Eastwood Mill, Keighley

Robert Franklin Ltd, Eastwood Mill, Keighley
Fire destroyed these premises on 23.2.56, there were 8 fatalities, and 3 non fatal injured.
It was a worsted spinning mill, about 75 paid employees, a 4 storey building with single storey shed attached. On a sloping site, some exits were not from lowest level. The fire started on ground floor.
A Fire certificate was issued by the local authority on 4.1.51, all means of escape specified in certificate appear to have been properly maintained, and were used by employees who escaped.

There was no fire alarm system, a letter from FI told the company to fit one. The law at that time required these for over 20 employed?

The building was of stone construction with wood floors. Area 35 by 90 ft
3 lower floors contained spinning and twisting frames, top floor twisting frames only.
A hoist with lattice gates was provided for moving goods. Internal staircase separated at upper floors by wooden partition, no partitioning at ground floor.
The ground floor of building partly underground at staircase corner, specified exit led into adjoining shed, which had 3 exits.
At other end were enclosed internal wooden staircase between 2nd to 3rd floor, and ground-1st floors, plus door opening into yard at ground floor level. No stair between 1 and 2 floors
Adjacent engine house at 1st floor level.
There was no compartmentation within the building.MillplanR1
The fire was started by plumber on ground floor, fitting pipe work using blow lamp. Climbing ladder with blow lamp lit, he ignited fly.
He had difficulty raising the alarm, and fire buckets proved ineffective.
All agree fire spread with extraordinary rapidity, vertically up rope race, horizontally along fly covered joists. Dense black smoke filled all floors in 3-4 minutes. No oil drip trays under machines, floors would be soaked.
71 on premises at time of fire, 41 in storied building, 21 above 1st floor.

The most regularly used access was a badly designed staircase, lots of 180deg turns, 2’7” wide treads 1.5” risers 7.5” no specified exit door at base of stair direct to outside, but there was an exit door at level between 1 and 2 floors. Dispute over whether this door locked at time of fire. No one inside attempted to use it, but it wasbroken from outside during fire , 3 rescued through it. Specified exit through single storey engine house, with 3 exits.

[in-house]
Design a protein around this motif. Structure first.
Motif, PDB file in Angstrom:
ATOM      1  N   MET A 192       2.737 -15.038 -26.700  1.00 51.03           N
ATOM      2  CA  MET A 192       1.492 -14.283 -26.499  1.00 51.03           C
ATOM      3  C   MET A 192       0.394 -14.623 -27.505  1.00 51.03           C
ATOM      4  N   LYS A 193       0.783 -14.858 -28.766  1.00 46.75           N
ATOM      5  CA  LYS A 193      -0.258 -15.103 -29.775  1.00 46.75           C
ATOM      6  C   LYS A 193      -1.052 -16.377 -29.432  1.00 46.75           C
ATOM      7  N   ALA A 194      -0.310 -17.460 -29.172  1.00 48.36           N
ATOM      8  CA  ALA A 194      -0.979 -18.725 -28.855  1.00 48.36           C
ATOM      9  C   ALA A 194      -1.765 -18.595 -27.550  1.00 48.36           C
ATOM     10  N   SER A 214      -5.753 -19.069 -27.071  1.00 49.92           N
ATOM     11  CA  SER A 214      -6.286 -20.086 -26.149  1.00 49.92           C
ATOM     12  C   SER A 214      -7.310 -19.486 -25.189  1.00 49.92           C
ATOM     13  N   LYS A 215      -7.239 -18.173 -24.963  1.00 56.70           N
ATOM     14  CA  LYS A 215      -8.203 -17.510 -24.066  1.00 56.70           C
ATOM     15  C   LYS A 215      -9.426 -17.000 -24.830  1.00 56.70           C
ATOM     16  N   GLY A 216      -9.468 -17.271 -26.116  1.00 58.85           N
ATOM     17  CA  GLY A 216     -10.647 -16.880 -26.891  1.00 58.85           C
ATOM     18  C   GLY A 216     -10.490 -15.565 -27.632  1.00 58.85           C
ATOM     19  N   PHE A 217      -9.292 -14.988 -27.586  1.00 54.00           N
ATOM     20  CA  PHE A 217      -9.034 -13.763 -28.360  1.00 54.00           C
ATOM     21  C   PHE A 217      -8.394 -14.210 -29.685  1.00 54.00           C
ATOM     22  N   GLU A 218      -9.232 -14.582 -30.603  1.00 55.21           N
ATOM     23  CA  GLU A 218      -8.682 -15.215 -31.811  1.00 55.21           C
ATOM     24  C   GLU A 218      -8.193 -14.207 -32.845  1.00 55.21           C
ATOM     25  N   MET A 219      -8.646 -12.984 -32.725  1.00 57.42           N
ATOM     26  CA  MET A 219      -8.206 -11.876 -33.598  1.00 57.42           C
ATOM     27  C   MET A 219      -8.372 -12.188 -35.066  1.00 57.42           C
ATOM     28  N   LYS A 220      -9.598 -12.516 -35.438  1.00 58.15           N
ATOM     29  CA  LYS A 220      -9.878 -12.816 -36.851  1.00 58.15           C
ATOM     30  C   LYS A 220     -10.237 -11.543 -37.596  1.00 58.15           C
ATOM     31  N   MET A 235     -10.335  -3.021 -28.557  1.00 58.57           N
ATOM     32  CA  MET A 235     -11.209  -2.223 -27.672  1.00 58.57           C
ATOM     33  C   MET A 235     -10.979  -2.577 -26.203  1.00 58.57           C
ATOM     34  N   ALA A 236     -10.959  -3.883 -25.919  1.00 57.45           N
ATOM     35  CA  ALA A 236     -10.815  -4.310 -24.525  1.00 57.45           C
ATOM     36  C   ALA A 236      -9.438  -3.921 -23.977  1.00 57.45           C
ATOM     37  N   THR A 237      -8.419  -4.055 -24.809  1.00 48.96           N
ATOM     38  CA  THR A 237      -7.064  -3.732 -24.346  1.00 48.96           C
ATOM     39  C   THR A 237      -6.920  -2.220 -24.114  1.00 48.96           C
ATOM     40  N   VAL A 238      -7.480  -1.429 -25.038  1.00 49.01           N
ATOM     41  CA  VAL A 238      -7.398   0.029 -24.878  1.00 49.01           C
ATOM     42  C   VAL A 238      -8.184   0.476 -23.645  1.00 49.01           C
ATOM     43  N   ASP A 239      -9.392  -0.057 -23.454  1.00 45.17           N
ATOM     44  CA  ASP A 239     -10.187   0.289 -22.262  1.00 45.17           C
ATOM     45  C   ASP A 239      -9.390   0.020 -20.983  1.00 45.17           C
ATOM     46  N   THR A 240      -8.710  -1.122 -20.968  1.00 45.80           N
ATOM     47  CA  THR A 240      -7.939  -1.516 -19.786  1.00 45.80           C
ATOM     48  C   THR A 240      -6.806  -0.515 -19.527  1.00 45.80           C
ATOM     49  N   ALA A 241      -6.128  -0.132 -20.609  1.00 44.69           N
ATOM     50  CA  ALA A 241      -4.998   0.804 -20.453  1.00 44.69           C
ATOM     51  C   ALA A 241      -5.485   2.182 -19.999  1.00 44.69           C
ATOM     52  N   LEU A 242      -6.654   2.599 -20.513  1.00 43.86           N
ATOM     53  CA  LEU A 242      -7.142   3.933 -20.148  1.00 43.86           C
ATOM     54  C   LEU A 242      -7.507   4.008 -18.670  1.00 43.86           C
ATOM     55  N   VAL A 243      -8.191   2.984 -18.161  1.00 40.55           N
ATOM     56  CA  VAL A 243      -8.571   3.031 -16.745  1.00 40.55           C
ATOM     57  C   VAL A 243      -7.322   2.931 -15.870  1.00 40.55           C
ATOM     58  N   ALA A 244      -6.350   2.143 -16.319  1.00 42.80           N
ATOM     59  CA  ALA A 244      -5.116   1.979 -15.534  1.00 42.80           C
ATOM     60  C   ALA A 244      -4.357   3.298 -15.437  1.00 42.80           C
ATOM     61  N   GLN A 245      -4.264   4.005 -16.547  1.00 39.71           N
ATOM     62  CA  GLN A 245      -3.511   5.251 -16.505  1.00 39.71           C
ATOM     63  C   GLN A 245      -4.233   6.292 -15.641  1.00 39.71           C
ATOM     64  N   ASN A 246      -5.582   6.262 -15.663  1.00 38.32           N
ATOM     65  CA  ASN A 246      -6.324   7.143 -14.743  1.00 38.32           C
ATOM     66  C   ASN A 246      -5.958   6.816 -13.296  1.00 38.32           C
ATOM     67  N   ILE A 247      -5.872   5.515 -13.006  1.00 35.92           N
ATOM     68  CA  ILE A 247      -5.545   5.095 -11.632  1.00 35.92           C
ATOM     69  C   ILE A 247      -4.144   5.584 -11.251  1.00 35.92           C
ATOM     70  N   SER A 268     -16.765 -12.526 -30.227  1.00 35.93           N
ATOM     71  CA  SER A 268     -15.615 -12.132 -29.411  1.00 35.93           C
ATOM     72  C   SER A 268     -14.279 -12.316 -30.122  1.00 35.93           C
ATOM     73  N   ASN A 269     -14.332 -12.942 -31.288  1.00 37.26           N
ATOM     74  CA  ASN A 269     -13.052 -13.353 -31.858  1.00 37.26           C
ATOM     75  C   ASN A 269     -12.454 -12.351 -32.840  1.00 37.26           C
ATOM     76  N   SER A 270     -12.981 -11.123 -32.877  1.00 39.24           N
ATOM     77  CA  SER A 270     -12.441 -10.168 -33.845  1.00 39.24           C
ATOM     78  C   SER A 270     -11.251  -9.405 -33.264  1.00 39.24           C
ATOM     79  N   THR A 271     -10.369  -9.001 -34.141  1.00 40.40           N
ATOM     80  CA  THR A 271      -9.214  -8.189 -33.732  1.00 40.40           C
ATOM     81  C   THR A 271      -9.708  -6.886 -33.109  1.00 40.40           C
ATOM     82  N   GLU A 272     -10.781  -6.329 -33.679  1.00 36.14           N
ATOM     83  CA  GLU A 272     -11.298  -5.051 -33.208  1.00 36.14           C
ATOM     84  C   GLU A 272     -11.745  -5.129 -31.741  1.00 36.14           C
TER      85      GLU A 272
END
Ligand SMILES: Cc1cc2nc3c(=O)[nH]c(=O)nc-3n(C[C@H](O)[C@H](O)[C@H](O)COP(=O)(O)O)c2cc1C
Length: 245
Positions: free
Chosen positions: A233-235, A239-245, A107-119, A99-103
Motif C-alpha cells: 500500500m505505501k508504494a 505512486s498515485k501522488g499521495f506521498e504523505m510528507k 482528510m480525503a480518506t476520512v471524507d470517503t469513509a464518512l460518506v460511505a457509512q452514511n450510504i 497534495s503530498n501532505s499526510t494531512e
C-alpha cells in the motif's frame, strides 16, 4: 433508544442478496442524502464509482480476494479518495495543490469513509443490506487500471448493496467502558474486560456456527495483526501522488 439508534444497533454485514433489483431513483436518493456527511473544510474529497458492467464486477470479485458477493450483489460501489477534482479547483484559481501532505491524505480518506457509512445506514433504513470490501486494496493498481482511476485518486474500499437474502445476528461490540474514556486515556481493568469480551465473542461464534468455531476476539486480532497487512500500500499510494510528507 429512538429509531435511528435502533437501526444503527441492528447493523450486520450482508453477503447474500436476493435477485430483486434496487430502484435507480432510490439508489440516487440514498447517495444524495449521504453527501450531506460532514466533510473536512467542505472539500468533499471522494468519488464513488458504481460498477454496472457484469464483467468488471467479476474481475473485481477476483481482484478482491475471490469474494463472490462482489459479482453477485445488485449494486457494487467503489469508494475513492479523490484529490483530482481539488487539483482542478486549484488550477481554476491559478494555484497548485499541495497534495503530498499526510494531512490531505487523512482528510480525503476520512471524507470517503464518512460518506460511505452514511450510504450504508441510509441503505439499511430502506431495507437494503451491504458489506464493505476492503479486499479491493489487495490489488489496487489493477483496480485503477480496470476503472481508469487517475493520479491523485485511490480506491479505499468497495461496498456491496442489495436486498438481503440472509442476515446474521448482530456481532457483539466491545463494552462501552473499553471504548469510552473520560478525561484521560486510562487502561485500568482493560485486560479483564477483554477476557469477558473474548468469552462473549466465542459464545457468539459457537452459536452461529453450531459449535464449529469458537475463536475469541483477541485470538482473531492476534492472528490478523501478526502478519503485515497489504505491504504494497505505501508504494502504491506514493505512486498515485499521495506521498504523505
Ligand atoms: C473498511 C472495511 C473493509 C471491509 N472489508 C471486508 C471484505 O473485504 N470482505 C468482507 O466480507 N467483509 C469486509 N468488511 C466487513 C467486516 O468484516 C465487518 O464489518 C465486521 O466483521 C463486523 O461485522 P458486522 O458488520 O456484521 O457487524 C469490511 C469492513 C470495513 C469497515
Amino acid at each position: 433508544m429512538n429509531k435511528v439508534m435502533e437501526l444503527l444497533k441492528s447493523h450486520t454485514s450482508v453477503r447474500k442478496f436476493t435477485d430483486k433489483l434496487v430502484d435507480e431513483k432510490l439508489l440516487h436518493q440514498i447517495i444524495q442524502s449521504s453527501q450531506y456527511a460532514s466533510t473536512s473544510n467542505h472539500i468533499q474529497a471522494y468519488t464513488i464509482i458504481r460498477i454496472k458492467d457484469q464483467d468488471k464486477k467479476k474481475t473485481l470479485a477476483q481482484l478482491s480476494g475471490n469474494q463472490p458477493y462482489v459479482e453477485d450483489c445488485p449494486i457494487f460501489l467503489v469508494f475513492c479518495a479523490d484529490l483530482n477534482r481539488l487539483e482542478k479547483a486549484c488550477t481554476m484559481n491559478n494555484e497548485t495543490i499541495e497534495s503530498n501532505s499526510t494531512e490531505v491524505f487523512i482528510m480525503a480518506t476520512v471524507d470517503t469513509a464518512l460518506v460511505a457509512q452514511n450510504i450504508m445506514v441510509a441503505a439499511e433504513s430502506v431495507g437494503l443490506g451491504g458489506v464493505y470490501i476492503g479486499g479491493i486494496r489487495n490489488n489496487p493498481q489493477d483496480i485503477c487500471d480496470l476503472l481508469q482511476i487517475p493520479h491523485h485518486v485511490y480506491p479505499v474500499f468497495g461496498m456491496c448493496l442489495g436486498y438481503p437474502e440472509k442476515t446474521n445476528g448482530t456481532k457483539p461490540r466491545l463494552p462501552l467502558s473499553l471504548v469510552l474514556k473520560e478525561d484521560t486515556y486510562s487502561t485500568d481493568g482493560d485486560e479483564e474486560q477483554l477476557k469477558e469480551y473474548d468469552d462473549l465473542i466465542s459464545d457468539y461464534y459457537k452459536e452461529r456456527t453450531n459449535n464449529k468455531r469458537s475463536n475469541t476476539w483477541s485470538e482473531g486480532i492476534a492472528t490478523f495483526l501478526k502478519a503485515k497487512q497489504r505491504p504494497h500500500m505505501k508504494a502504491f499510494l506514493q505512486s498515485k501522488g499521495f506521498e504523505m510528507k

All wooden parts collapsed during fire.
There were crane doors at 1,2,3 level, unused, crane removed. These provided no way to ground outside.
From 1 and 2 floors, doors provided to an external metal fire escape. This was in daily use. At least 5 escaped this way.
At time of fire, 6 persons on 3rd floor, 2 died, 3 were injured.
1 person ran to top to warn his friends, who had seen smoke and were stopping their machines. One person stopped to look for the crane door key. Others told her this would not help, no stairs outside!
On the second floor, there were 15 persons present when fire started., 5 were killed from this level. Possibly used normal route out rather than shortest route to safety.
1st floor, 11 employed, 10 escaped. One boy found in toilet, very close to source of fire. Incomplete enclosure of rope race helped fire spread.
9 escaped from ground floor, uninjured. Each area overlooker responsible for cleanliness around own machines, fire started in an area that might have been dustier than elsewhere. .
No material changes to MoE or machines since issue of certificate. No significant failure to maintain MoE. No exit notices, but all doors were in regular use, including external fire escape.
There was confusion on stairs when they met black smoke, despite promptly starting to evacuate, some workers retreated back up.
Certificate stated that 19 were employed above 1st floor, actual figure 22, It had been fluctuating around 20 for some time.
Inspections by Factory Inspectorate, 6 for various reasons in period Nov 1951 to April 1955
Prosecuted under FA1937 S36(7) , no fire alarm system installed, fined £15 plus 15s costs.
The Fire Brigades Union have a little more on this incident, which was important in giving the brigades new powers of inspection for fire safety

Obvious lessons:
The plumber should have cleaned the area where hot work was planned before starting. Given no compartmentation between floors, hot work should have only been done when upper floors were unoccupied. A second person with an effective extinguisher would have been useful.
These aspects were not controlled by the 1937 Act.
I have a copy of the report in Hansard of the parliamentary debate that followed this fire, available on request.
A Factories Act in 1959 brought in a bigger role for the fire brigades in respect of factory fire safety, quickly rolled up into a bigger revision of this legislation. The Factories Act 1961 did specify precautions to limit risk of fire, particularly cleaning before hot work.